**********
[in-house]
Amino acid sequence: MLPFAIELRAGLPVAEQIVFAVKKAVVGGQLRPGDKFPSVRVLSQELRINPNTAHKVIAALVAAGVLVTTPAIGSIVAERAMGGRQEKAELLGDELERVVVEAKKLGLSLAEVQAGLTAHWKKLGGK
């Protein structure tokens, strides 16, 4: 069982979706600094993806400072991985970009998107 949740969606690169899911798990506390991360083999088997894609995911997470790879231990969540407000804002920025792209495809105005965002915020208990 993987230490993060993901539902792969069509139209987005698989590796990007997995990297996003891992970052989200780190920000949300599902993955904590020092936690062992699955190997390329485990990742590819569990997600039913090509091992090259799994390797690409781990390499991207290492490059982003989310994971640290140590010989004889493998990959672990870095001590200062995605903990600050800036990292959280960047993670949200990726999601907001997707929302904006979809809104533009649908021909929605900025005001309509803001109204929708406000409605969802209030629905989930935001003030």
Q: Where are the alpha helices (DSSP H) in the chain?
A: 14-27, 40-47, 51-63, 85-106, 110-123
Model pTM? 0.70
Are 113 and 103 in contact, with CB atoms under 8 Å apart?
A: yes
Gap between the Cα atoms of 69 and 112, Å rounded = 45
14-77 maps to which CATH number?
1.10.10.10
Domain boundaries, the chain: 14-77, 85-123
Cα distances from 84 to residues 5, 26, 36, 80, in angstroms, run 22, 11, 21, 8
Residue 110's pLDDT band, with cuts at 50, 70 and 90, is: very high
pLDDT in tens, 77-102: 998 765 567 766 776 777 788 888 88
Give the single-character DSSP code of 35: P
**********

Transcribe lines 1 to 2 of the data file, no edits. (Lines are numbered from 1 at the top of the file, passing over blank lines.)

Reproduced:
[in-house]
Amino acid sequence: MLPFAIELRAGLPVAEQIVFAVKKAVVGGQLRPGDKFPSVRVLSQELRINPNTAHKVIAALVAAGVLVTTPAIGSIVAERAMGGRQEKAELLGDELERVVVEAKKLGLSLAEVQAGLTAHWKKLGGK